What is a balance inquiry fee?

You may be charged a balance inquiry fee if you check your prepaid card balance at an ATM or if you call customer service to ask about your balance. Not all prepaid cards charge a fee to call customer service. Shop around to find out the fees before you select a prepaid card.

What is a bill payment fee?

Some prepaid debit cards let you sign up to have your bills automatically paid from your card. You may be charged a fee to enroll in this program. You may also be charged a fee each time you use the program to pay a bill.

If you plan to use your prepaid debit card account to pay bills, compare these fees before you select a card.  You may also want to consider whether there are other ways to pay your bills.

What is a card cancellation fee?

You can cancel a prepaid debit card at any time. You usually won’t pay a fee to cancel your card, but there may be a fee to get a check for the remaining balance on the card. To avoid the fee, you can either spend or withdraw the remaining funds on your card before you cancel the card.

What is a card-to-card transfer fee?

You may be charged a fee if you transfer money between two prepaid debit cards – this is a card-to-card transfer fee. However, some card providers allow you to transfer money between cards online without a fee.

What is a card replacement fee?

You may be charged a fee to replace your prepaid debit card.

What is a closed-loop prepaid card?

A closed-loop prepaid card generally does not have a network logo on it (Visa, MasterCard, American Express, or Discover). You can only use these cards at certain locations – for example, a specific store or group of stores for a gift card, or your public transportation system for a transit card.

What is the difference between a debit card and a prepaid debit card?

Even though it’s called a debit card, a prepaid debit card is very different from a bank account debit card. A bank account debit card is linked to your checking account; a prepaid debit card is not. Instead, you pay in advance to load funds onto a prepaid card, and then use the money you have loaded onto the card.

In most cases, you can’t spend more money than you have already loaded onto your prepaid debit card, but with bank account debit cards, if you opt into your bank’s overdraft service, the bank may cover the cost of a purchase that exceeds what you have in your account, and charge you a fee (as well as requiring you to repay the overdraft.)

In addition, prepaid debit cards may carry fewer consumer protections in the event of loss or a disputed charge than debit cards.

What is the difference between a prepaid debit card and a credit card?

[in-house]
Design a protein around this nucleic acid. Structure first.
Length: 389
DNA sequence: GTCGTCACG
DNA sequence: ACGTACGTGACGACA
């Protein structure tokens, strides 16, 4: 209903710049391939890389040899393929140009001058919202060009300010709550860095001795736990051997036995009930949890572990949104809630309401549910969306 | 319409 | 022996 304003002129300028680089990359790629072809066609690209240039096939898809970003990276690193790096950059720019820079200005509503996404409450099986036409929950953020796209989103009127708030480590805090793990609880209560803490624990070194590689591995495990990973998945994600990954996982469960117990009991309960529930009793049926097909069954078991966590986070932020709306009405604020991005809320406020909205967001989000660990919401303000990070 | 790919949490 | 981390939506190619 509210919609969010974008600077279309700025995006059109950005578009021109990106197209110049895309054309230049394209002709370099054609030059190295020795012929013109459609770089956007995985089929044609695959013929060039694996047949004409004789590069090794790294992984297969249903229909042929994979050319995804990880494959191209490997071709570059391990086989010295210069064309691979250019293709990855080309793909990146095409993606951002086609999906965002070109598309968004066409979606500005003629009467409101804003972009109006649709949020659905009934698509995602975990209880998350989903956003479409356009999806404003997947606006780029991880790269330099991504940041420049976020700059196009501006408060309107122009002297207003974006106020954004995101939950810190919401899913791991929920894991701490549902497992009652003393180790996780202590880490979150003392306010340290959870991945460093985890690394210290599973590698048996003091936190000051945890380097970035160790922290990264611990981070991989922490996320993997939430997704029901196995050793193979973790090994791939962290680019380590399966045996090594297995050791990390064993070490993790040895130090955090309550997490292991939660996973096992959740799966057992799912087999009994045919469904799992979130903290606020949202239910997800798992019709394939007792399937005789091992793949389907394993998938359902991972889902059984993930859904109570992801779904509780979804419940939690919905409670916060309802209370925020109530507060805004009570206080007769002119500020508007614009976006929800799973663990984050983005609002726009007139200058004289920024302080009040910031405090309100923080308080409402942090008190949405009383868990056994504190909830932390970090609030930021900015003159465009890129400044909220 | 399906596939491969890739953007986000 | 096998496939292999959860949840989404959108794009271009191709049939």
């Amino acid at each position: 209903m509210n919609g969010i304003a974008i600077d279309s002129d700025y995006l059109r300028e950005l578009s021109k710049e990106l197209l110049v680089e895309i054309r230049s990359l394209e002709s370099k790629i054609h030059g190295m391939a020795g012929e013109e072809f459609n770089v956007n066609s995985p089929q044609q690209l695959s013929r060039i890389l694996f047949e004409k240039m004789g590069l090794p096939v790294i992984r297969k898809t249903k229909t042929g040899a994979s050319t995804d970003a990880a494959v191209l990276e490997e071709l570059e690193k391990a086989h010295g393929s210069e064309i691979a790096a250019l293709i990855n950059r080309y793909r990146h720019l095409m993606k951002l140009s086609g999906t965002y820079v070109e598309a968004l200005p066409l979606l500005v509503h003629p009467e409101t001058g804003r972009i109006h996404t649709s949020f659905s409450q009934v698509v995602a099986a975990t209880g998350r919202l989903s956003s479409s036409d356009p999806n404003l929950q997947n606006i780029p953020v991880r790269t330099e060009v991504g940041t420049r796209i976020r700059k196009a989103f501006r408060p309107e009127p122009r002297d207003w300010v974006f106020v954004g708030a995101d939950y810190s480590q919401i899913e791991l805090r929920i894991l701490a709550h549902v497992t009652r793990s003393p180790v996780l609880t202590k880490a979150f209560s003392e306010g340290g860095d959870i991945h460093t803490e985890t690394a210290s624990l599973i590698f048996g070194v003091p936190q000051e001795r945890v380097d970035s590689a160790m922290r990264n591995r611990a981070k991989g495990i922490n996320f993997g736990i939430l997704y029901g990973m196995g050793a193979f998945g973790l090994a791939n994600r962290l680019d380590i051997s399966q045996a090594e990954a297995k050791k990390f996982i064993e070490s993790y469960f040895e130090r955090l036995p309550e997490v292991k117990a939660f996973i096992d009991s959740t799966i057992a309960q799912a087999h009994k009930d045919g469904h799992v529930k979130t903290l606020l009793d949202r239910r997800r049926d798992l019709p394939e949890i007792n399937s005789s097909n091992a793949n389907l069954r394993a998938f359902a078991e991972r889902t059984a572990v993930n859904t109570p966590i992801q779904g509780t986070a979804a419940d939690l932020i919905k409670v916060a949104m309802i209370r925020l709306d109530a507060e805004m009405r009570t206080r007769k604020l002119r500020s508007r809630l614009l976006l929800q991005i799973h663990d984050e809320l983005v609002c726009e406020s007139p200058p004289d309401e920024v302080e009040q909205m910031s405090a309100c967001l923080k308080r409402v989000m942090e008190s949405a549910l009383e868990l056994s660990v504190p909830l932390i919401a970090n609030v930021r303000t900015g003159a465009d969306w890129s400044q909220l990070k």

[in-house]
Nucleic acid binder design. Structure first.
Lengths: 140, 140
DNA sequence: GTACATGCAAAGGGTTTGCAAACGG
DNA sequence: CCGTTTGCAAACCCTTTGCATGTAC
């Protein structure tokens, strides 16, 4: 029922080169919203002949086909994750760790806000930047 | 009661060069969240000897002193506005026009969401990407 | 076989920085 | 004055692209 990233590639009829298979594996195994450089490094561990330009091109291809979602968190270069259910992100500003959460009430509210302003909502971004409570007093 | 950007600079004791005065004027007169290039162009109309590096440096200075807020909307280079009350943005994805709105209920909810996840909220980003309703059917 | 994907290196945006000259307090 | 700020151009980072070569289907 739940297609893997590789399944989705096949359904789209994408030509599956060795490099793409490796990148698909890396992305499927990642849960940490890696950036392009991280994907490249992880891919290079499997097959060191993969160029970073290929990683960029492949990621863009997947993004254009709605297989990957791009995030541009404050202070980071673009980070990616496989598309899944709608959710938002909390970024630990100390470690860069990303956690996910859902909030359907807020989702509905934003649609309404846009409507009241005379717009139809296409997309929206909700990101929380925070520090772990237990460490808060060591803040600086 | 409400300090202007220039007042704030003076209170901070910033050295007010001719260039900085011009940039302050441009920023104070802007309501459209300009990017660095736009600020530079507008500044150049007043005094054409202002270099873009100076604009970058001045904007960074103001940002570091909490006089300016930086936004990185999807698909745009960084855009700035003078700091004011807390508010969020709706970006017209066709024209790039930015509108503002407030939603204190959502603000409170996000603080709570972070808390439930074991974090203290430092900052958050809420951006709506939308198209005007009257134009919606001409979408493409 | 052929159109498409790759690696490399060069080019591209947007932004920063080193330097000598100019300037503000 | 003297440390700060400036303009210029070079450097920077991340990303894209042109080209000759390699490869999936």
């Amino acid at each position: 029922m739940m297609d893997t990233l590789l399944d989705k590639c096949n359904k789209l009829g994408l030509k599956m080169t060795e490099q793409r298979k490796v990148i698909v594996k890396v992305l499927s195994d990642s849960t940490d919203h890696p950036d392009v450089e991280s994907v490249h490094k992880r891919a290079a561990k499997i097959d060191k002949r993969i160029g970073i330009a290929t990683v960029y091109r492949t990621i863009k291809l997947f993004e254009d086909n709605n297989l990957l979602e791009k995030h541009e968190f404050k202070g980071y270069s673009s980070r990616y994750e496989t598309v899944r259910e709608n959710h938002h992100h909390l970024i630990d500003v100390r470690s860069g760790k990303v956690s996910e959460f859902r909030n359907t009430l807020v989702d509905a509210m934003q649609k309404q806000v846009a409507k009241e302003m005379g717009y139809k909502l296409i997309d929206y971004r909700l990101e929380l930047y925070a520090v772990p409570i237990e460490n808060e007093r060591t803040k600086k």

Even though a prepaid debit card may have a card network logo like Visa, MasterCard, American Express, or Discover on it, it is different from a credit card. When you use a credit card, you are borrowing money. When you use a prepaid debit card, you are spending money that you have already paid to put on the card

Also, some prepaid debit cards may carry fewer consumer protections in the event of loss or a disputed charge than do credit cards.

What is a foreign transaction fee?

Some prepaid debit cards permit you to conduct transactions in a foreign country or in a foreign currency.  Also known as a currency conversion fee, a foreign transaction fee is a fee charged when you use your prepaid debit card in a foreign country or in a foreign currency. It is usually charged as a percentage of your purchase, withdrawal, or other transaction, rather than as a flat fee.

What is a government benefit card?

Some states use prepaid cards to pay unemployment benefits, child support, and other government benefits. Instead of getting checks, recipients receive a government benefit card, and each month the benefit amount is loaded onto the card. The federal government also uses prepaid cards to pay certain federal benefits, such as veterans’ benefits or Social Security benefits. Government benefit cards are sometimes called Electronic Benefits Transfer (EBT) cards.

The amount you can be charged in fees for using the card depends on the contract between the government agency and the financial institution providing the card account.  You should read the cardholder’s agreement carefully before using the card.

What happens if I have not used my prepaid debit card for a long period of time?

If your card has a regular monthly fee, that fee will be deducted from the account balance each month even though you have not used your card. You may also be charged an “inactivity fee” – sometimes called a “maintenance fee”— if you don’t use your card for a certain period of time. Check the materials that came with your card or you may be able to go online to find out if your card has these fees.